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WTC Final: India's Pace Unit's Fightback, Williamson's Vigil & Southee's All-round Show - Key Takeaways From Day 5

By: Nikhil Narain

Last Updated: June 23, 2021, 09:27 IST

Photo: AP

Photo: AP

Mohammed Shami led India's fightback with the ball on Day 5 whereas Kane Williamson's 5 hour stay at the crease was the main difference between a lead and deficit for New Zealand. Tim Southee's cameo and two strikes with the new ball gave New Zealand the edge going into the reserve day in Southampton.

New Zealand had the slight edge over India at the close of play on Day 5 of the World Test Championship (WTC) in Southampton even as India dominated the proceedings on the day. India had moved to 64 for the loss of their openers and had a slender lead of 32 runs. It was a fascinating day’s play with runs hard to come by and as many as 10 wickets falling across the two teams. We take a look at the key takeaways from Day 5.

1. Shami Led India’s Fight Back With The Ball

Mohammed Shami led India’s charge on Day 5 and picked four big wickets in what was an inspired spell of bowling from the right-arm fast-medium seam bowler. He was brilliant with the old ball getting it to move off the seam and in the air bowling in and around the fourth stump at a distance of 6 metres from the batsmen. Adjustment in length was the key for Shami who made the ball talk by pitching it a touch fuller and troubled all the New Zealand batsmen. He also used the crease brilliantly going wider and creating the angle getting the ball to nip back in sharply.

Ishant Sharma also benefited from bowling a touch fuller and got the maximum swing amongst all the Indian bowlers. He got two big wickets today – of Henry Nicholls and Kane Williamson probing at both the batsmen in the corridor and inducing an edge to the slips. Jasprit Bumrah, although mostly back of a length, was more disciplined and built pressure from his end not giving too many away even when he was not taking wickets.

India picked 8 wickets conceding 148 runs on Day 5 and the faster bowlers had brought them right back into the contest.

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2. Kane Williamson – 177-Balls Masterclass

Kane Williamson displayed why he is amongst the greatest Test batsmen in the world currently with a classic exhibition of old-fashioned attritional and defensive batsmanship.

He showed loads of patience and respected the conditions and the Indian attack in the first session of play. Although runs were hard to come by, the New Zealand skipper understood the significance of his presence in the middle. He left with confidence and defended with soft hands almost blocking everything thrown at him. He did not get tempted and left anything which was full or at good length and outside the off stump.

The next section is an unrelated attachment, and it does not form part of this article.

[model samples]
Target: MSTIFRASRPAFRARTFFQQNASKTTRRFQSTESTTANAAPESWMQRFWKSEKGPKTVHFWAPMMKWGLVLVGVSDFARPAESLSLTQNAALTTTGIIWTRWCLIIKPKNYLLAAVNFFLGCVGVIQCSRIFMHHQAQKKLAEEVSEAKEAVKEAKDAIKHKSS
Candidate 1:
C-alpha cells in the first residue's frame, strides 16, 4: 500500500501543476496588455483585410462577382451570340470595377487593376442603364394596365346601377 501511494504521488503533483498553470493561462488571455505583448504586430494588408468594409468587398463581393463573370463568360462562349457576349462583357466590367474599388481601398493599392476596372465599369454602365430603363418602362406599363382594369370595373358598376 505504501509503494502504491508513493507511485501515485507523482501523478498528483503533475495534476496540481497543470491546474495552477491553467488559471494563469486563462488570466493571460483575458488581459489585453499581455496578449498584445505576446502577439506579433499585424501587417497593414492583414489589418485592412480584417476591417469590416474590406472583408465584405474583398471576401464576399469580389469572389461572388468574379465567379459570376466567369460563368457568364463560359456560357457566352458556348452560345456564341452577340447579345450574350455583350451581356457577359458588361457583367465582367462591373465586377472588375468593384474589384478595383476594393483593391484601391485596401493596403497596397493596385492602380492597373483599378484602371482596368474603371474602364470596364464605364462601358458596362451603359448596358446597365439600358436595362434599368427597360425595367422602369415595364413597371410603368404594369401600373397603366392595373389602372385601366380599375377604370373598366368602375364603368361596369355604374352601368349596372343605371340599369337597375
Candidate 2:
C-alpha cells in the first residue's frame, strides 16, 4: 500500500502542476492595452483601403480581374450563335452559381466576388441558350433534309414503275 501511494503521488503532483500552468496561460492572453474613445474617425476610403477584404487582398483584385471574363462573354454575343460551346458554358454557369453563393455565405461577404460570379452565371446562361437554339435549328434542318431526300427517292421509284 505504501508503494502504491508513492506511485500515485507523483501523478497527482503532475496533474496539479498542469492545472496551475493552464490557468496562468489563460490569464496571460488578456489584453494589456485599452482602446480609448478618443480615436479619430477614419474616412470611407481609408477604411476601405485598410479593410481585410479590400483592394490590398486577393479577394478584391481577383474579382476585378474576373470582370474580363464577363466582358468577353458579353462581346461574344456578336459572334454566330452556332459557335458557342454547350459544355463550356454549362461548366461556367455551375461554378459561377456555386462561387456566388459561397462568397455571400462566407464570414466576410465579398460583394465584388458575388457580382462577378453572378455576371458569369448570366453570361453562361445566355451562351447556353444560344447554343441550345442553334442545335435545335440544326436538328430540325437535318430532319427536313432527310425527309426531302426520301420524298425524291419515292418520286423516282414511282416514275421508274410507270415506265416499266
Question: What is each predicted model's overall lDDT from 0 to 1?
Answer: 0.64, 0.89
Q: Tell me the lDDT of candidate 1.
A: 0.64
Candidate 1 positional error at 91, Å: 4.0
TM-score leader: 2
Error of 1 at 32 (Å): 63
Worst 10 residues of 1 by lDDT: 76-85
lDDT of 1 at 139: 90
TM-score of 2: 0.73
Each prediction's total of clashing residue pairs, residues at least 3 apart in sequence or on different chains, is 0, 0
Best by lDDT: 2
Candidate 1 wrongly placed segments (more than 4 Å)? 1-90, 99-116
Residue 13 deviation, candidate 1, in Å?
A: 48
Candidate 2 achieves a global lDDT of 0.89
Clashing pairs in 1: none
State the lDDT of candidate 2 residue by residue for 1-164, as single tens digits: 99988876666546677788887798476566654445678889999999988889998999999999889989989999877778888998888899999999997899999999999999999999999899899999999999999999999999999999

In what was an exemplary display of grit, determination, technical skills and temperament, Williamson kept the New Zealand innings together even as they lost three wickets in the morning session remaining unbeaten on a defiant 19 off 112 deliveries. He had hardly played a false shot.

Williamson read the match situation brilliantly and started to play a few shots only after the wicket of De Grandhomme and when India had taken the new ball. Realising that he was running out of partners, he got a few boundaries away and scored 30 off 65 deliveries before being dismissed. It was a defensive masterclass from the New Zealand captain and if not for his (almost) five-hour vigil at the crease, New Zealand might well have been bundled for less than 150 and India could have been pressing for a win on Day 5.

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3. Tim Southee’s All-Round Show Gives New Zealand Edge

Tim Southee came out to bat at 192 for 7 and put together a crucial 29-run stand for the 8th wicket with skipper Kane Williamson. It was a significant partnership as it took New Zealand past the Indian total which ultimately gave them a 32-run lead in the first innings. Southee hit a few meaty blows and scored 30 off 46 deliveries – a very important knock in a low-scoring match at a very opportune time for New Zealand. Had Southee been dismissed cheaply, India could have dismissed New Zealand for a total of less than 200 which would have given them the psychological advantage. Southee’s cameo made sure it was the other way round!

Southee has been New Zealand’s highest impact bowler in the WTC and he showed just why with the new Dukes cherry in his hand. He bowled a number of outswingers to Shubman Gill before setting him up with the one that moved back from a full-ish length trapping the stylish right-hander leg before wicket. Then, just before the close of play, he got the big wicket of Rohit Sharma, again surprising the batsmen with the one that came in after delivering four outswingers in a row. Rohit did not offer a shot and was rapped on his back pad.

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first published:June 23, 2021, 09:27 IST
last updated:June 23, 2021, 09:27 IST